Lecture 3: Buddhist–Muslim Relations in Southeast Asia by Soonil Hwang, Dongguk University Seoul
Recently in the Buddhist World of Southeast Asia, there have been tensions building up between Buddhism and Islam at the northern part of Rakhine state in Myanmar and at the southern part of Thailand in Malaya peninsula. The cause of these tensions could be diverse, such as ethnicity, religion, and economic situations, yet unrest caused by them spread throughout Buddhist world including Lumbini and Bodhgaya as well as throughout Muslim world including Chittagong in Bangladesh. Nowadays both religions tend to be seen in the popular media not as reconciling force but as dividing force in these serious conflicts. In this presentation, I am going to talk about Buddhist-Muslim relations from historical point of view and to seek out ways of making reconciliation within these bitter disputes in Southeast Asia.
Lecture 4: Walking the Narrow Bridge: Reflections on the Critical Study and Devotional Practice of Judaism by J.H. Chajes
In this lecture, Prof. Dr. Josef Chajes, Wolfson Professor of Jewish Thought at the University of Haifa, will reflect upon the critical role the academic study of Judaism has to play in the fashioning of nuanced and authentic alternatives to the fundamentalist, reactionary postures that became dominant in the modern period. Drawing on his extensive personal as well as professional experience, Chajes will explain the particular significance of this issue in Israel, where he has taught for over twenty years at the most culturally diverse university in the country
Lecture 5: Crossculture- a methodical must in Religious Studies by Martin Rötting, University of Salzburg
“Comparative Religion” was one of the many titles chairs in Religious Studies occupied. But as many have righty noted, comparison lead very often into a manufaction or fabrication of terms (R. T. McChuteon) which is in itself often misleading. But if the blending of religions in search of the holy (R. Otto) is not out of risk either, we can not do anything else then perceive the flux of religious cultures in a dance of perspectives that will merge into a process of understanding. But how does an approach which can be called “Crossculture Religious Studies” work in practice and what further theoretical issues are involved?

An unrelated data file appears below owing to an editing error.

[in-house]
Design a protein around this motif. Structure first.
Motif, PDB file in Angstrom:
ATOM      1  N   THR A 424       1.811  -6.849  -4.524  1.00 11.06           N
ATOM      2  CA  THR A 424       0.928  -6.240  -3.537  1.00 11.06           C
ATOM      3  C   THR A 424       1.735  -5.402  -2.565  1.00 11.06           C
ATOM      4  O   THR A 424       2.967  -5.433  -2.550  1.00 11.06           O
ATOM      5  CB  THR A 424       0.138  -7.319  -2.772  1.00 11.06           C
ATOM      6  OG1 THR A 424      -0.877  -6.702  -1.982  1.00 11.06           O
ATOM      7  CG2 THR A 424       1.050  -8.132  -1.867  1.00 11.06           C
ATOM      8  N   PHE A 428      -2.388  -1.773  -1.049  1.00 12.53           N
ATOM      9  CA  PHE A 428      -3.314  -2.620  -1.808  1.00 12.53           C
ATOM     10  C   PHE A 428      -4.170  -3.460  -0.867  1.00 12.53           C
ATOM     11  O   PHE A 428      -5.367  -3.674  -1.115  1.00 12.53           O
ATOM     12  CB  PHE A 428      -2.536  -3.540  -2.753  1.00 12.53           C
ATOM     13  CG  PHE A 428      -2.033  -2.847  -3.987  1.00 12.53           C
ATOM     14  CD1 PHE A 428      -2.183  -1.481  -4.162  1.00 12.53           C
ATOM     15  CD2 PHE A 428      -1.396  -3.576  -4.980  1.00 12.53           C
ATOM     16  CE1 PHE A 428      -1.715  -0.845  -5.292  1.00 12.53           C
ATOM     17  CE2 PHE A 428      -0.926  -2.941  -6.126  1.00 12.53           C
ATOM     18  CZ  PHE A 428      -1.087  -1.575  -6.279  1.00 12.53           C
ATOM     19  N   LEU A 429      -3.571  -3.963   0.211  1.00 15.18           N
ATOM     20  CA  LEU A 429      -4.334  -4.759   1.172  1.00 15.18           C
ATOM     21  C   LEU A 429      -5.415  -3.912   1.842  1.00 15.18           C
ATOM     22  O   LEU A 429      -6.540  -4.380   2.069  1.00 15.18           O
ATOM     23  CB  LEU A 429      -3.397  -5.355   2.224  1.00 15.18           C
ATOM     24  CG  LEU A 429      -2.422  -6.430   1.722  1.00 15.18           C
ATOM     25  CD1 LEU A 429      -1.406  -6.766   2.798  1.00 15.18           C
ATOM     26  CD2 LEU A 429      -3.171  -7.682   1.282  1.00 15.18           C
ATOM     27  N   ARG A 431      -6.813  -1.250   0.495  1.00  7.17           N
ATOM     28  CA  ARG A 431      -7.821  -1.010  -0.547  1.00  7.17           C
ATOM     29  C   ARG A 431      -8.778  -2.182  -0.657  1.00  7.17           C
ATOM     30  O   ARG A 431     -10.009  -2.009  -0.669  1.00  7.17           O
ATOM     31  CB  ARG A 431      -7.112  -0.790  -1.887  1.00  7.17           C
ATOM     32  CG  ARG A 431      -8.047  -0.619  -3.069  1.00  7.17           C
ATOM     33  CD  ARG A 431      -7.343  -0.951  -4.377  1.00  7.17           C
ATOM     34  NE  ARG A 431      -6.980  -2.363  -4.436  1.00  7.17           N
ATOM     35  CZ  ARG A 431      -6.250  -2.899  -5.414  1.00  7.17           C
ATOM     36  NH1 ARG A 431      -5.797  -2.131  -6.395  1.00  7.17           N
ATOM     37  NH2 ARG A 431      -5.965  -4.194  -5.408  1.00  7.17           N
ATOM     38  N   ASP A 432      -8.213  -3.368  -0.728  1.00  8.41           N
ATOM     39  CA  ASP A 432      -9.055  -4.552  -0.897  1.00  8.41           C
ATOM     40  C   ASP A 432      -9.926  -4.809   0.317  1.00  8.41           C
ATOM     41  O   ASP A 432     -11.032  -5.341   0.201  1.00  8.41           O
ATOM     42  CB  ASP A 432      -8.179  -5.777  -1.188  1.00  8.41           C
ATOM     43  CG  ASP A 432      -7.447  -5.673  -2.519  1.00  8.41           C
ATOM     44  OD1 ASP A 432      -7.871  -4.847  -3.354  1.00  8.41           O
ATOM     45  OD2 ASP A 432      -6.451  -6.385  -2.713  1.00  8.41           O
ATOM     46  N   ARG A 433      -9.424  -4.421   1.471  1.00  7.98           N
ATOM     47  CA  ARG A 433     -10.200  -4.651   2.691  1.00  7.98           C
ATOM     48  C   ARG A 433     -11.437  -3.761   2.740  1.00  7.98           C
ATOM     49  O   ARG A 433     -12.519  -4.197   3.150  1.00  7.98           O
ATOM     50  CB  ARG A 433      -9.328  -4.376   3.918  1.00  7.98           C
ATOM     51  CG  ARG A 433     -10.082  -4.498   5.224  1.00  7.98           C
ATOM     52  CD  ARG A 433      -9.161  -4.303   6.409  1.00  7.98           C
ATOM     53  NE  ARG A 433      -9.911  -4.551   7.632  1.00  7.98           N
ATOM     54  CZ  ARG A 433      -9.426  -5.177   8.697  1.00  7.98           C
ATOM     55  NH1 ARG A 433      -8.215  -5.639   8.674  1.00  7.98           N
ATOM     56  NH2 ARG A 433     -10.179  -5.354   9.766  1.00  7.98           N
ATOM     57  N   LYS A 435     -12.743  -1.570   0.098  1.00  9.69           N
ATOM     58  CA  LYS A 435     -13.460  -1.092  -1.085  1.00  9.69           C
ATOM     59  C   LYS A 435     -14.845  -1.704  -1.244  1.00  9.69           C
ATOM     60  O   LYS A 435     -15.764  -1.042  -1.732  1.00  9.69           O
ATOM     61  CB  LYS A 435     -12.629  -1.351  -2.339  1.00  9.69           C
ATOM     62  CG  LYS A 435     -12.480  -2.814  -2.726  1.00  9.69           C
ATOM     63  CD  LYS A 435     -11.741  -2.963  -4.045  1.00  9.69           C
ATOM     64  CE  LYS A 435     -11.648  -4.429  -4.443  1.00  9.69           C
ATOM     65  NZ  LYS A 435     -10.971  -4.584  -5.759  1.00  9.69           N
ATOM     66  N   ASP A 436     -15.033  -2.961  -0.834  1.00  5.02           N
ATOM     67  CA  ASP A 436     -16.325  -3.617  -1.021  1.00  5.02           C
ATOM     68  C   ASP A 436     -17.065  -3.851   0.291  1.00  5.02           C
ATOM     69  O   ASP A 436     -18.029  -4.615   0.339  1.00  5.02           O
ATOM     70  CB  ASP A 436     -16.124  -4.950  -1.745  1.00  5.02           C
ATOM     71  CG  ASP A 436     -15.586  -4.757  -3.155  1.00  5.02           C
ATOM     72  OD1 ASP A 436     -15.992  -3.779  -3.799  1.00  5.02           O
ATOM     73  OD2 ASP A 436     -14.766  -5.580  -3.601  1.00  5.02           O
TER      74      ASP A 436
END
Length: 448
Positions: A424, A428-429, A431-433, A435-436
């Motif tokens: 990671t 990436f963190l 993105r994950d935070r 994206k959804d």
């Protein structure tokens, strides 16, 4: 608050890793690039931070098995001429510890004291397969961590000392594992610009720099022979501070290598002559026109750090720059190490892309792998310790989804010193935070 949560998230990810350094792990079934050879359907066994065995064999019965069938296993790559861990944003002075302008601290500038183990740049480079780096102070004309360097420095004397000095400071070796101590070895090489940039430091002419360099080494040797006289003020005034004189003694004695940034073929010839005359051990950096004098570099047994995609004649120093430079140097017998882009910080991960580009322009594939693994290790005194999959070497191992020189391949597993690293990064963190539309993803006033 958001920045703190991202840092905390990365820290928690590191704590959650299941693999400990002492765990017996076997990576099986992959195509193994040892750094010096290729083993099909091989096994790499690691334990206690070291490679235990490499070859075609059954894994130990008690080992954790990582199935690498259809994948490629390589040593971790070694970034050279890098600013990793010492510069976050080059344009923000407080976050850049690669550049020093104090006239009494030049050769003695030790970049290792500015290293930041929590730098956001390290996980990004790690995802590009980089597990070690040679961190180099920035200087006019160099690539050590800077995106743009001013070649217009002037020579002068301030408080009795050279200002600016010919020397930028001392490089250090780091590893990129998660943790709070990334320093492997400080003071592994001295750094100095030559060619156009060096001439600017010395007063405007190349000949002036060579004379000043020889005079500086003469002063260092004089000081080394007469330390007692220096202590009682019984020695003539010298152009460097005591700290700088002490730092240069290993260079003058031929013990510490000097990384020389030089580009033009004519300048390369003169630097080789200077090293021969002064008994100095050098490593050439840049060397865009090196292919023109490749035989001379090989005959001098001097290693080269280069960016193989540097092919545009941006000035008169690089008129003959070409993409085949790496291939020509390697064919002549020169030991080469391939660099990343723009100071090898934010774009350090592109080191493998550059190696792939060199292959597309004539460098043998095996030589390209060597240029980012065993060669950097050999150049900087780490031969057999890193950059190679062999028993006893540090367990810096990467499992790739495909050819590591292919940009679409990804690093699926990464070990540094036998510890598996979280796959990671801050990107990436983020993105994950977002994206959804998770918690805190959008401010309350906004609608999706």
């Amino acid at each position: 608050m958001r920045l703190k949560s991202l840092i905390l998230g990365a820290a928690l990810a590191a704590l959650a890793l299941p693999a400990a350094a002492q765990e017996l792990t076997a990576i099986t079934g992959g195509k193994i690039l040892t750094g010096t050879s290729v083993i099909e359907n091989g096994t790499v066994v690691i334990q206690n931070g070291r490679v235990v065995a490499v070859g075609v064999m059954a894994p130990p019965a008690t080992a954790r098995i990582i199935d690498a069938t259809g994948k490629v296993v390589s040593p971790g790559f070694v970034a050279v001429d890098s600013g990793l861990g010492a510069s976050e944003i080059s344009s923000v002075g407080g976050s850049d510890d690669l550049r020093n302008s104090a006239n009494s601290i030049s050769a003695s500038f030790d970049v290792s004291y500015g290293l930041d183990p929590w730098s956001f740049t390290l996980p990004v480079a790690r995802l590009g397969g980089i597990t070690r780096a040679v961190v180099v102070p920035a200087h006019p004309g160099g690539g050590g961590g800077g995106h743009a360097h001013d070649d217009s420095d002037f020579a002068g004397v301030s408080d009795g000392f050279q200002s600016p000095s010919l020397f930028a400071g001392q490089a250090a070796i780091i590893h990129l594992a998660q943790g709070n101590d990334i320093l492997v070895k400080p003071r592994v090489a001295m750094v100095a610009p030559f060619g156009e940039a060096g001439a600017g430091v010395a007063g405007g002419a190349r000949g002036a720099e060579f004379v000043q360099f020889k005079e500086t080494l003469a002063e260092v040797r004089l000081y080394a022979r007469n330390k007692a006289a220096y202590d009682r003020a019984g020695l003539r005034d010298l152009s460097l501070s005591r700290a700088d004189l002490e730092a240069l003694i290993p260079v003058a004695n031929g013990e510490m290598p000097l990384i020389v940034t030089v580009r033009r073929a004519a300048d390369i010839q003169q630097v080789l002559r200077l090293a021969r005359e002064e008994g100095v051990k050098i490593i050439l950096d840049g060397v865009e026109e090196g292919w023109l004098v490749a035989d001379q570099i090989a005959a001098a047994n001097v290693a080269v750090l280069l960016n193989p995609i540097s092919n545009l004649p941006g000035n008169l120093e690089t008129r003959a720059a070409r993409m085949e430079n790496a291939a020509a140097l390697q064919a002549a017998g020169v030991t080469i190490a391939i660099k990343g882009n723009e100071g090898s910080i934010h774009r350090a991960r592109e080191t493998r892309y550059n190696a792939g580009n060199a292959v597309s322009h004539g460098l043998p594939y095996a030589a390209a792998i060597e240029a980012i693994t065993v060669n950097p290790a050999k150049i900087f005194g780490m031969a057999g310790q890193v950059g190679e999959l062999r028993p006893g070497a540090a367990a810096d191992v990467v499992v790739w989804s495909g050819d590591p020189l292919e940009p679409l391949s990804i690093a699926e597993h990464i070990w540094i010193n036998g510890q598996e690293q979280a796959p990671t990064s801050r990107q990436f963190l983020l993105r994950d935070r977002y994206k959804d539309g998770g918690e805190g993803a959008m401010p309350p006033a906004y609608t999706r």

Lecture 6: Continuity and change in African perspectives of the community: focus on Kenya by Edith Kayel Chamwama, University of Nairobi
The community has been, and continues to be, an important Reference point for Africans. According to Magesa (1997), “the African view of the universe contains the following major themes: the sacrality of life, respect for the spiritual and mystical nature of creation and, particularly, of the human person; the sense of family, community…….” This is a point of view shared by a number of other scholars of African culture and religion on the concept of community. Some African scholars have emphasized the importance of the concept of community to Africans. Mbiti (1970) depicts the concept of community with the phrase “I am because we are, and because we are, therefore I am” (p.141). Similarly, Kenyatta (1965), writing on the concept of community among the Agikuyu, opines that no one is an isolated individual (p.297). Given the foregoing, I postulate that an African community consists of a group of people who are related by blood or ethnic/tribal group. It is an institution characterized by mutual cooperation, interdependence, and a sense of belonging. There is a sense that everyone is doing their part to promote fairness and justice and, as a result, to reduce inequalities caused by selfishness and individualism.